Often, those devalue Clinton's presidency do so on moral grounds as he got himself into quite the moral scandal, didn't he? However, strictly in terms of foreign and domestic policy, strength of leadership, execution of the office of president, impact on the affairs of the world and on history, I have to give my vote to Bill Clinton.
I would say Clinton was the best of the three, though George H. W. Bush is often underrated. Both of these men were very talented in foreign affairs, and had the respect of foreign leaders and delegates. Clinton is hyperintelligent, much more so than history gives him credit for (he just, as former aide George Stephanopolous put it, had horrible personal judgement). I think overall, Clinton understood and handled the economy the best of the three. He also dealt with the downsizing of the military very well after the Cold War, and let's face it, America had large budget surpluses during most of his Presidency.
All three of these Presidents suffer terribly when it comes to the issue of "trust." The first President Bush was the former head of the CIA--an agency which specializes in misinformation and misleading others. He seemed to have learned his lessons well there, and his "Read my lips--no new taxes" proved to be the lie that cost him reelection. The nation's economy rebounded from the Bush years in spectacular fashion during Bill Clinton's two terms, and the U. S. was both feared and respected abroad thanks to his leadership. But Clinton faced impeachment procedings for his shenanigans with a female aide that included perjury and obstruction of justice. The second President Bush rushed into an unnecessary second war in Iraq, deceiving Americans with unfound promises of weapons of mass destruction that has cost thousands of American lives. He took the economy that was so strong under Clinton to its worst state since the Great Depression. Choose your own poison, but I find Clinton the strongest of the three. (BTW, I didn't vote for any of them!)
I think it's difficult to compare Presidents. It's really tough and I am not sure there is an exact way to do so. It comes down to what people value and upon what they place their emphasis. For example, even the most harsh critic of George H.W. Bush must admit that he possessed a large level of public credibility following Gulf War I and that the emphasis that he and his Vice President, Dan Quayle, placed on "family values" became a centerpiece of the Republican party, something that can be seen even today in the social issues wing of the party. At the same time, the most intense criticism of President George W. Bush has to involve the fact that he was dealt one of the most catastrophic events in the attacks of September 11, 2001. There is no manual, little precedent, that can be followed in such a setting. When he stands on that pile of rubble with the rescue worker and yells into the megaphone, "I can hear you!," there is a moment of political leadership that transcends time and puts him into the realm of history. While he would receive his share of criticism, it has to be tempered with such a moment of precise leadership. At the same time, I think that President Clinton might receive much in way of praise as a two term President, but the fact that terrorism has become an issue that has dominated American politics of the modern century and was one that was largely neglected under his watch has to be involved in any assessment of his Presidency. In the end, I am not sure there is an exact answer here, but rather one that is dependent on what one feels and what one believes as representation of Presidential success.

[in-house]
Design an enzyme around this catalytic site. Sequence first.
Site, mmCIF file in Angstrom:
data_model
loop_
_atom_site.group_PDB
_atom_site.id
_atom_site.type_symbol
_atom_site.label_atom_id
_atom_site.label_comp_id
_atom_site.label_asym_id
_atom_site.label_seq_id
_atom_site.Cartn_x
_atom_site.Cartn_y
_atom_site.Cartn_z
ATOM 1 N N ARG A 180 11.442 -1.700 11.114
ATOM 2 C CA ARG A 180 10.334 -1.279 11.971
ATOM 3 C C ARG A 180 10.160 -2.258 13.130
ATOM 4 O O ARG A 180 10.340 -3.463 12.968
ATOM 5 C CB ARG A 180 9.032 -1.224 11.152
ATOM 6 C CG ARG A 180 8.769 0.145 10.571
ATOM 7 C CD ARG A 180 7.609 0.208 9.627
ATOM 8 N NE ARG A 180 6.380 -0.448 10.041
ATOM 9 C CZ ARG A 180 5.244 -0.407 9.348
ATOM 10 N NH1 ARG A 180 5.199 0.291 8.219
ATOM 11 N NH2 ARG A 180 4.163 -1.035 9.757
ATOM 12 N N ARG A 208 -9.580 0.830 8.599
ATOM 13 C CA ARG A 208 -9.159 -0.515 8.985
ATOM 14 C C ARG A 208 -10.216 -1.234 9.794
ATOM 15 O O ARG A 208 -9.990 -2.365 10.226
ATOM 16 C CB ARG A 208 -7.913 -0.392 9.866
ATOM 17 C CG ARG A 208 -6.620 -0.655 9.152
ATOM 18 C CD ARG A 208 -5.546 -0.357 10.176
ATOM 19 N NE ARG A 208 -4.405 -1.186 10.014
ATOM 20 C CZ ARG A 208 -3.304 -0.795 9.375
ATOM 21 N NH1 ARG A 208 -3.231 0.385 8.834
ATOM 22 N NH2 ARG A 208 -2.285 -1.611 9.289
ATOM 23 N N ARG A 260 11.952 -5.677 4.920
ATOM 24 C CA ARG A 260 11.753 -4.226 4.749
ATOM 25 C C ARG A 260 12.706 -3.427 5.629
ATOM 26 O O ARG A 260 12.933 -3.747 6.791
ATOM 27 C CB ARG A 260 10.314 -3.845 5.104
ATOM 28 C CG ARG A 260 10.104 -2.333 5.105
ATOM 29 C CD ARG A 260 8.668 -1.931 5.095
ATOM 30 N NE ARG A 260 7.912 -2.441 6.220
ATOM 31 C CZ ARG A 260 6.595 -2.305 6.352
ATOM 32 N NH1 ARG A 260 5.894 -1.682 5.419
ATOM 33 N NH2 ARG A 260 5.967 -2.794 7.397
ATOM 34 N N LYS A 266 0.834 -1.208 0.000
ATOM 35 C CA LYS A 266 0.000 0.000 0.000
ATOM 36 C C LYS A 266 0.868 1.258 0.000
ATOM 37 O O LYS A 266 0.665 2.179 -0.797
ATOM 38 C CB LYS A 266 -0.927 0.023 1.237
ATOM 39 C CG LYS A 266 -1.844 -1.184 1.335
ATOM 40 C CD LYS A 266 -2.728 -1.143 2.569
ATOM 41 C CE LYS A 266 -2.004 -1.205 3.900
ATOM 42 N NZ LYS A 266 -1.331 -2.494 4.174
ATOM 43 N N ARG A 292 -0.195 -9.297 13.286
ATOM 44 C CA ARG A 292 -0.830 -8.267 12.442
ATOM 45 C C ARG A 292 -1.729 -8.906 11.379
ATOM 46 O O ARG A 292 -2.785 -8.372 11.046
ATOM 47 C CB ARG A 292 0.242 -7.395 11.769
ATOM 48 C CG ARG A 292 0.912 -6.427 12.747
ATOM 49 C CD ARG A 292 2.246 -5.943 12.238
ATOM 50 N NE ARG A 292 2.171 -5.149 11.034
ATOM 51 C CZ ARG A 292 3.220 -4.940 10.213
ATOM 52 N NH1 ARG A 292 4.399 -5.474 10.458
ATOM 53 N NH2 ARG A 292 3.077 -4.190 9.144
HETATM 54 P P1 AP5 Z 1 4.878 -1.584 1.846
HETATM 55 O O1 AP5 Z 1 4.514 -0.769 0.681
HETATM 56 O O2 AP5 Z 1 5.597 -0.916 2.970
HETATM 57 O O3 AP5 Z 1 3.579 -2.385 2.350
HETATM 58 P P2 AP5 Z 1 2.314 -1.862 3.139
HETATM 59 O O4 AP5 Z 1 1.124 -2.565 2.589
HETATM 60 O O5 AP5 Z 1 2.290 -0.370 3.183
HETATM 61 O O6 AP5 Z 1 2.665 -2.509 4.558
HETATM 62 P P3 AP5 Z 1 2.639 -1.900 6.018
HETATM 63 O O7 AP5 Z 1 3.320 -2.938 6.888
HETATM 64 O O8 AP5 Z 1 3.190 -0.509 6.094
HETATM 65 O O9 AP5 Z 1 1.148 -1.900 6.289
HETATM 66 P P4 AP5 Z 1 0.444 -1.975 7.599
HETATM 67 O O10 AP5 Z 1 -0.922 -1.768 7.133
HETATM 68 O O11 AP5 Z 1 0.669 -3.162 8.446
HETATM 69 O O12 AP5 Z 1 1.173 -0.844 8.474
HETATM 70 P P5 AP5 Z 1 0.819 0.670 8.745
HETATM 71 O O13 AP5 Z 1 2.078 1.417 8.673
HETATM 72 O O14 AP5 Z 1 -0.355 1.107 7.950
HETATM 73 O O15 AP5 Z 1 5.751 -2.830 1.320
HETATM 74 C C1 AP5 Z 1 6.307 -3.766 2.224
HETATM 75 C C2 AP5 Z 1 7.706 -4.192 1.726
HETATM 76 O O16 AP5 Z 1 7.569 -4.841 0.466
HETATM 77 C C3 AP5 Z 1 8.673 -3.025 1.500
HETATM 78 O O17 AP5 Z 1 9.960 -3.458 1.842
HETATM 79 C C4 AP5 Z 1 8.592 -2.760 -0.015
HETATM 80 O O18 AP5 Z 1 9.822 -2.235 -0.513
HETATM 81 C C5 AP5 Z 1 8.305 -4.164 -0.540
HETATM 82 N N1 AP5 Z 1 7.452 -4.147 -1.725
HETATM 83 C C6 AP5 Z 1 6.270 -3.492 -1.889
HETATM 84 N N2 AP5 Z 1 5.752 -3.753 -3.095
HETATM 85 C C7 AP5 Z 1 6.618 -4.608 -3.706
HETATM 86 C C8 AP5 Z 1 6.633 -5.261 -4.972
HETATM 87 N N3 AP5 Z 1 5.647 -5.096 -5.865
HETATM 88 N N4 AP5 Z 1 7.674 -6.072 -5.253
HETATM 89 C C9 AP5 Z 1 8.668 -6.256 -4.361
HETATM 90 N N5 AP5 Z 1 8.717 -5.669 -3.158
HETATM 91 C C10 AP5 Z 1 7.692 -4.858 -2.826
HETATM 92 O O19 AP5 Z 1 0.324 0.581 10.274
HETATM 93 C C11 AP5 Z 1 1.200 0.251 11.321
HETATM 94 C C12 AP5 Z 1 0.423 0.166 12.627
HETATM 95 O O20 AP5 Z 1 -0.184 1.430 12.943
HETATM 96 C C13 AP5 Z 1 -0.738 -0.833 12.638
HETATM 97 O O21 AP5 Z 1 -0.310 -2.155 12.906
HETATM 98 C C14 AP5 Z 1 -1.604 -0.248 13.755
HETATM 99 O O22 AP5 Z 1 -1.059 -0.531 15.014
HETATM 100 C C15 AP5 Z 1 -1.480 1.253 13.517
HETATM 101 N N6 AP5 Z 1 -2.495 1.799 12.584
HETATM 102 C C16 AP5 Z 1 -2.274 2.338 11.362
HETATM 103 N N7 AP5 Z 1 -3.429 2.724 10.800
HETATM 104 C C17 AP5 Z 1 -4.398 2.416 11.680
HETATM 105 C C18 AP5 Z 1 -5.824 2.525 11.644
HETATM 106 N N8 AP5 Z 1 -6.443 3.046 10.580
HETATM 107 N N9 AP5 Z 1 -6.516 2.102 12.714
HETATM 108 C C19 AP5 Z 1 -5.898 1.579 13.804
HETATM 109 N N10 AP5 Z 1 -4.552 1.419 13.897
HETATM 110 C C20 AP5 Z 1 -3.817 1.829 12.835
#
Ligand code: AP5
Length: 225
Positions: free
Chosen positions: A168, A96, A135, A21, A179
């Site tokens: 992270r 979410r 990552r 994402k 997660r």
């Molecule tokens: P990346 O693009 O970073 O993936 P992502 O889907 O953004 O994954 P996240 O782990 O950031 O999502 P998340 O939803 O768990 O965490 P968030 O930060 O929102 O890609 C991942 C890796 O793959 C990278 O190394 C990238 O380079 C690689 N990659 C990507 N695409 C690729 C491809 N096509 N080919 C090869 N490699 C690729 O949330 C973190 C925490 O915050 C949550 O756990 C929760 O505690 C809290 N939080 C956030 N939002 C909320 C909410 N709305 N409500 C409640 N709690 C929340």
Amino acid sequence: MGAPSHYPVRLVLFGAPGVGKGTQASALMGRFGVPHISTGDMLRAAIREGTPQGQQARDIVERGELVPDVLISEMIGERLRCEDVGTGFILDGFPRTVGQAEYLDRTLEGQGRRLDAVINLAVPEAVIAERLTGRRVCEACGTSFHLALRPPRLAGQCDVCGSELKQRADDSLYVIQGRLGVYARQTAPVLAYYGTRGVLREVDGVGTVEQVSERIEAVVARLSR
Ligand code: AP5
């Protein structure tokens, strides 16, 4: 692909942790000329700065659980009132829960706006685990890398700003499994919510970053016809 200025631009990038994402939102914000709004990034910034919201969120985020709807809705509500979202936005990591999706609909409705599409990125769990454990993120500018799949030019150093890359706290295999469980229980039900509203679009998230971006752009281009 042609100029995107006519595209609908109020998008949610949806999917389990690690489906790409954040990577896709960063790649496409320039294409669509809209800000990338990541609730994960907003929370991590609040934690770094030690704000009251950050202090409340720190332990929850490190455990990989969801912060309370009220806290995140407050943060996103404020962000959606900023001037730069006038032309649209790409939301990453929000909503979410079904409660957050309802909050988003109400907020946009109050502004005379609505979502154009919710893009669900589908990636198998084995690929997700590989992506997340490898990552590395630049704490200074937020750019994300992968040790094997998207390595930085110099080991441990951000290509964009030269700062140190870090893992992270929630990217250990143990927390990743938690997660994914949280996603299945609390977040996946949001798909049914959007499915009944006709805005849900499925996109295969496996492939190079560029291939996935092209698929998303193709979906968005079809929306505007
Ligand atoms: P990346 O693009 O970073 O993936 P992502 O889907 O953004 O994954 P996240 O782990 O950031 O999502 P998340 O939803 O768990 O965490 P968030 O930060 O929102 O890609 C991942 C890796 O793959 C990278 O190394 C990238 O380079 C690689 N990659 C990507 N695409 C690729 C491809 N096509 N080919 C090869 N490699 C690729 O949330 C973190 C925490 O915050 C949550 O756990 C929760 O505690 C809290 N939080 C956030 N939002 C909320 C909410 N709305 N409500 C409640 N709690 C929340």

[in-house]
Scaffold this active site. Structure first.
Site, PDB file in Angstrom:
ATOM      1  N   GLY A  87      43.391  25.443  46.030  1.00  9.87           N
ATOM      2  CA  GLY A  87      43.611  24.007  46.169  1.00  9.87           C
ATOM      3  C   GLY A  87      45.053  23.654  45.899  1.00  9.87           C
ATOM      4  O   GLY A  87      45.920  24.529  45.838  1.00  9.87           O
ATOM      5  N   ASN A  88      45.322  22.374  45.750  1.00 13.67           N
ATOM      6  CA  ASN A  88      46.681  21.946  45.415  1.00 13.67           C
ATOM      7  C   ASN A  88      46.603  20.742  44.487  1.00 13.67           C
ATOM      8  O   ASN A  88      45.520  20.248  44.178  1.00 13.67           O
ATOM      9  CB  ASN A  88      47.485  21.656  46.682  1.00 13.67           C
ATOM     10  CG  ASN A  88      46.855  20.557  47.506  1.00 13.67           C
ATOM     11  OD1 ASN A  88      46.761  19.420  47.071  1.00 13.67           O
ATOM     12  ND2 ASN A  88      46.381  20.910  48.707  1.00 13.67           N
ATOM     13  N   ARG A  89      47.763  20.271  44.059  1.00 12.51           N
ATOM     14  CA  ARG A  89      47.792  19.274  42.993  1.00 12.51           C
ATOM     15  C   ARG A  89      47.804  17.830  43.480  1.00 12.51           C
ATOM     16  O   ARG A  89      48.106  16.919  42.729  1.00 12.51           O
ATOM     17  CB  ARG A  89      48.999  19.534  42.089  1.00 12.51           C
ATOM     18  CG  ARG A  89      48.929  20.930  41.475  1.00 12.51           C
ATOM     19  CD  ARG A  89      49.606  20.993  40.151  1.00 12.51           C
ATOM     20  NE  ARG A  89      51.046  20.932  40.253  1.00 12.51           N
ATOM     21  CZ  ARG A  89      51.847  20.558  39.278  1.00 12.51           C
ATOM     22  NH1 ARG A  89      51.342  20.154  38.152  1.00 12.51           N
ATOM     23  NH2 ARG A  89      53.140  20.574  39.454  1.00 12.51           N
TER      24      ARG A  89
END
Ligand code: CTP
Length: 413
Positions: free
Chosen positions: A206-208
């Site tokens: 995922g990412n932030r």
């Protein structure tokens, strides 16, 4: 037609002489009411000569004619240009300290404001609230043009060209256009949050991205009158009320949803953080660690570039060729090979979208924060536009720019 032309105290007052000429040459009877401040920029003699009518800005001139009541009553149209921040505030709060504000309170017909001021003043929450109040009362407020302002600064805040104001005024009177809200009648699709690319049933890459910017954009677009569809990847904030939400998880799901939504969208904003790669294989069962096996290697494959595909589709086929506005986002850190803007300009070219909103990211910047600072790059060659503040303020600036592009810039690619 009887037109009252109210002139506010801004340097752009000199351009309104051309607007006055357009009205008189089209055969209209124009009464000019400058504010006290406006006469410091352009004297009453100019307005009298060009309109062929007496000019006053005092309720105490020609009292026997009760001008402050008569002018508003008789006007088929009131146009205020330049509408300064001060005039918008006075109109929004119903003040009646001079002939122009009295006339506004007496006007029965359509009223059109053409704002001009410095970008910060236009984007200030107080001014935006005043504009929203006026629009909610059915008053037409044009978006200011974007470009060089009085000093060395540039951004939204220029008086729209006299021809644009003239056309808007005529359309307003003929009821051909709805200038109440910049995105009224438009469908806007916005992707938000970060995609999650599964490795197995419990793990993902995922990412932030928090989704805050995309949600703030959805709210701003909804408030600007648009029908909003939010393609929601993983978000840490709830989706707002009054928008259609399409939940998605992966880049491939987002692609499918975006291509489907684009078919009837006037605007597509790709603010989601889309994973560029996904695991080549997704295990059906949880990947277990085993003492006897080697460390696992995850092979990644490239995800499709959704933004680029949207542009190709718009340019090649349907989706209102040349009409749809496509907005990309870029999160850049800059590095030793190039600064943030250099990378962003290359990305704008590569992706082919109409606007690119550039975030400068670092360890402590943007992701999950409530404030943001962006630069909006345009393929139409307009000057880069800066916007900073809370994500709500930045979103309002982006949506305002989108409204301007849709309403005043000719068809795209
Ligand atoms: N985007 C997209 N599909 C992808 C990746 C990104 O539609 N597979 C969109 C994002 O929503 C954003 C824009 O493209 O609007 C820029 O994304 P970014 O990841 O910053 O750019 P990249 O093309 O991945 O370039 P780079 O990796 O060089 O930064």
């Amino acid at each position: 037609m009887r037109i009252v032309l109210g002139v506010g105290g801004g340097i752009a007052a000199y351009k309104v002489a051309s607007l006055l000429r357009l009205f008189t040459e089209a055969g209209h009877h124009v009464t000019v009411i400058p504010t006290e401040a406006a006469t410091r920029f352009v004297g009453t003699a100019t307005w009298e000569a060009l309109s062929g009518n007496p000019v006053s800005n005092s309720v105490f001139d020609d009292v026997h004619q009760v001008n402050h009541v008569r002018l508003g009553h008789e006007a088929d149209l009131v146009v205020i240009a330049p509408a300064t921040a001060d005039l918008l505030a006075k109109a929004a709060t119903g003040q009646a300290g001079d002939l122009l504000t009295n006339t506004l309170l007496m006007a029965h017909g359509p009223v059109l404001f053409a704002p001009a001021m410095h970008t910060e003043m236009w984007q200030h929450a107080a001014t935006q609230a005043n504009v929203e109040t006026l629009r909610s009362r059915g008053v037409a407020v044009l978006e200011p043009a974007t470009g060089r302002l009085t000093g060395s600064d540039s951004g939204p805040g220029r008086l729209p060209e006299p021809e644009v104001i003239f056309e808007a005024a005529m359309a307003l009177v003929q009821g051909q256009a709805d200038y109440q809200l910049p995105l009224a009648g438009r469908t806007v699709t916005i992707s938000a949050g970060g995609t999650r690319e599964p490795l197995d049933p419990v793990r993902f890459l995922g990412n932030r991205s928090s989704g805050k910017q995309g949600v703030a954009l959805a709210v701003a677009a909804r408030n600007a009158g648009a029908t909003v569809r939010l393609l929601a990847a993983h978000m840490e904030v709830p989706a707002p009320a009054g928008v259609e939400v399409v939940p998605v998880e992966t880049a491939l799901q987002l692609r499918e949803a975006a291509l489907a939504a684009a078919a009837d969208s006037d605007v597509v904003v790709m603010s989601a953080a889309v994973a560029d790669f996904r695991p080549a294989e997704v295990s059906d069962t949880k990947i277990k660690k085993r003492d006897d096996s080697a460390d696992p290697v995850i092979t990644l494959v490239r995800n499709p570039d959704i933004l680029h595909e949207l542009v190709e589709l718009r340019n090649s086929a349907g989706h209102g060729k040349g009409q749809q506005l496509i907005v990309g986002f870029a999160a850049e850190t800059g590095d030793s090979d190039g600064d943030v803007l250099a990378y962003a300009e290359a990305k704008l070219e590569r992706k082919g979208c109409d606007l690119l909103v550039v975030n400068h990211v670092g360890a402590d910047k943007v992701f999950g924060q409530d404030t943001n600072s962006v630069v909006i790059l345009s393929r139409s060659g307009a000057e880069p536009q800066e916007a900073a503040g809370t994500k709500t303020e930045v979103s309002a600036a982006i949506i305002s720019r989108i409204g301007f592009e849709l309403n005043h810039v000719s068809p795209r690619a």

This is, of course, completely a matter of opinion. A Democrat will surely say that Clinton was the best of these three presidents. Most Republicans would probably say that George W. Bush was the best of these presidents because George H. W. Bush was not particularly popular, especially among conservatives.
Democrats would say that Bush was not a good president because of the tax cuts that he pushed through and because of all the things he did with the war in Iraq and the War on Terror. They would argue that Clinton was a good president because of how good the economy was during his time in office. However, this is completely a matter of opinion.